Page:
Comment by len — November 18, 2014 @ 2:48 pm | Reply

        • Thank you for sharing your perspective.


          Comment by theotheri — November 18, 2014 @ 4:11 pm

  2. This is a translation by Neil Douglas-Klotz, an Aramaic scholar of the Our Father taken from the Aramaic:

    O Cosmic Birther of all radiance and vibration,
    soften the ground of our being.
    And carve out a space within us
    where your presence can abide.
    Fill us with your creativity so that we may be
    empowered to bear the fruit of your mission.
    Let each of our actions bear fruit
    in accordance with your desire.
    Endow us with the wisdom to produce and share
    what each being needs to grow and flourish.
    Untie the tangled threads of destiny that bind us,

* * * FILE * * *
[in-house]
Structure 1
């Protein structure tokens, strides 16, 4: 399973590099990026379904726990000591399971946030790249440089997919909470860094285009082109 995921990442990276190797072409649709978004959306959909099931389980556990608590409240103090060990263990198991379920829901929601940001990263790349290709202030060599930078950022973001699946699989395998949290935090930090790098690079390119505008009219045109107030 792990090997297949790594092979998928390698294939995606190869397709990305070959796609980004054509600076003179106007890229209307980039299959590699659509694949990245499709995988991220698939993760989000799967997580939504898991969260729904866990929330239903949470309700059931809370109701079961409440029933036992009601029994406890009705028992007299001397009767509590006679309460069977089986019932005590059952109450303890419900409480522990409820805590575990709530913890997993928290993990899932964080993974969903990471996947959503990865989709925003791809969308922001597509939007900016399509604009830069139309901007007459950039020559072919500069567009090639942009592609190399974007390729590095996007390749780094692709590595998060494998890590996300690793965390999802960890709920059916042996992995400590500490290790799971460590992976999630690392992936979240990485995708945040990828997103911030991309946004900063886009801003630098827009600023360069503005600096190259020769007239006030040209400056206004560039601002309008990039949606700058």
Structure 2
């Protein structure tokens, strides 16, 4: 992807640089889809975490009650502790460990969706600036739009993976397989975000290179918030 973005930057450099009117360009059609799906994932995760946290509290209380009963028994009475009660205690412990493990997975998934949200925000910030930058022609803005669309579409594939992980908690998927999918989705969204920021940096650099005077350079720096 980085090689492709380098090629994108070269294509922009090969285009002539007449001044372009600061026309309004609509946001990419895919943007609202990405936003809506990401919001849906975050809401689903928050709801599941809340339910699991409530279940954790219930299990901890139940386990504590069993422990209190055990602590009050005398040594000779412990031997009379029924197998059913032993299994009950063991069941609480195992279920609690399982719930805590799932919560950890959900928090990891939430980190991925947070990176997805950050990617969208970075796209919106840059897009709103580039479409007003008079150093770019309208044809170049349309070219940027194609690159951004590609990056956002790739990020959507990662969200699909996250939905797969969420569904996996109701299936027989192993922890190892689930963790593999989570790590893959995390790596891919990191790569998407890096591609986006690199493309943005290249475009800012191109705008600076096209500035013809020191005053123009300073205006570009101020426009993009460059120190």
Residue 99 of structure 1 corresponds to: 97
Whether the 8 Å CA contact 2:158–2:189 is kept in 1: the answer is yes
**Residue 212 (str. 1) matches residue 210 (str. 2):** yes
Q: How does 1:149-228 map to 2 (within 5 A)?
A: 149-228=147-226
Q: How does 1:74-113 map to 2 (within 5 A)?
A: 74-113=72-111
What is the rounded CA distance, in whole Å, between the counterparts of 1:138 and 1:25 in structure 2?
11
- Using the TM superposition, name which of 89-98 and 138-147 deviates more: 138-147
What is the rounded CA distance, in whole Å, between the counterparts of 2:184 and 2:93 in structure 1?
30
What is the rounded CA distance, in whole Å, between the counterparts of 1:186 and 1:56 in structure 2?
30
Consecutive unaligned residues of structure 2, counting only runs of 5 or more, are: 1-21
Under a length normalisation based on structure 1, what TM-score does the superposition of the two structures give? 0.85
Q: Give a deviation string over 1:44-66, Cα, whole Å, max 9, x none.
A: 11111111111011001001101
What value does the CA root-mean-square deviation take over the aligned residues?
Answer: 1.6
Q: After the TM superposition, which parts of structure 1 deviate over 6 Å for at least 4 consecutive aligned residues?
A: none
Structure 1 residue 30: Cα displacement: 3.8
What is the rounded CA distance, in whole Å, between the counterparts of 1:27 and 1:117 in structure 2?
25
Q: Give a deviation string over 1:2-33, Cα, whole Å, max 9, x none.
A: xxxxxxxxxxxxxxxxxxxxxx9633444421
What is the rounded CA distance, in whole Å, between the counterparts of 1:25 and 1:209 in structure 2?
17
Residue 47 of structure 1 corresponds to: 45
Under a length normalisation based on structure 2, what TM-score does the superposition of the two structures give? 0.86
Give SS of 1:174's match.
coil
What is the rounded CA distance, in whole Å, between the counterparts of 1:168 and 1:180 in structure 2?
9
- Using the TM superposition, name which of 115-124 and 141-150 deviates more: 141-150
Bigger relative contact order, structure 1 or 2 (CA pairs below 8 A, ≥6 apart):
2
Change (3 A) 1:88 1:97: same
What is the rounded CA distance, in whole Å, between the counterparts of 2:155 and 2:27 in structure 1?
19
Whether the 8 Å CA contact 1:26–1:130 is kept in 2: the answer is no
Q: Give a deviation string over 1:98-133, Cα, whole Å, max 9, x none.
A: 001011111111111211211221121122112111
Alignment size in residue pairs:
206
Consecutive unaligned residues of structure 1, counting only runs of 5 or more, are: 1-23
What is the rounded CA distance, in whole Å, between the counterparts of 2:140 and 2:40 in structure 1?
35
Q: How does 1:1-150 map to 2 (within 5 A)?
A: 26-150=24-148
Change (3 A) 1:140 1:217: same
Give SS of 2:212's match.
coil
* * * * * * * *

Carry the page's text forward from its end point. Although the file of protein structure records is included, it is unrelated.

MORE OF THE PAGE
as we release others from the entanglement
    of past mistakes.
    Do not let us be seduced by that which would
    divert us from our true purpose, but illuminate
    the opportunities of the present moment.
    For you are the ground and fruitful vision,
    the birth, power and fulfillment,
    as all is gathered and made whole once again.

    as religious for 10 years, i see jesus as an ego-ideal – something to achieve in order to maximize “me” that enhances not only myself, but the world in which i live = for whatever period is given me. living in pettiness, hatred, retribution etc diminishes me, makes my time here unhappy, unfruitful. if one could be in full bloom, why should i not do everything possible to do this – no matter that i assuredly fail time after time. if that disappoints others, angers others, i would think that is something that merits dialogue, at least if communion should ever be attained.


    Comment by kateritek — November 18, 2014 @ 11:43 pm | Reply

    • I have read this translation, comparing it line by line with the Our Father as we say it in English, and find it profoundly moving. Thank you so much for sharing.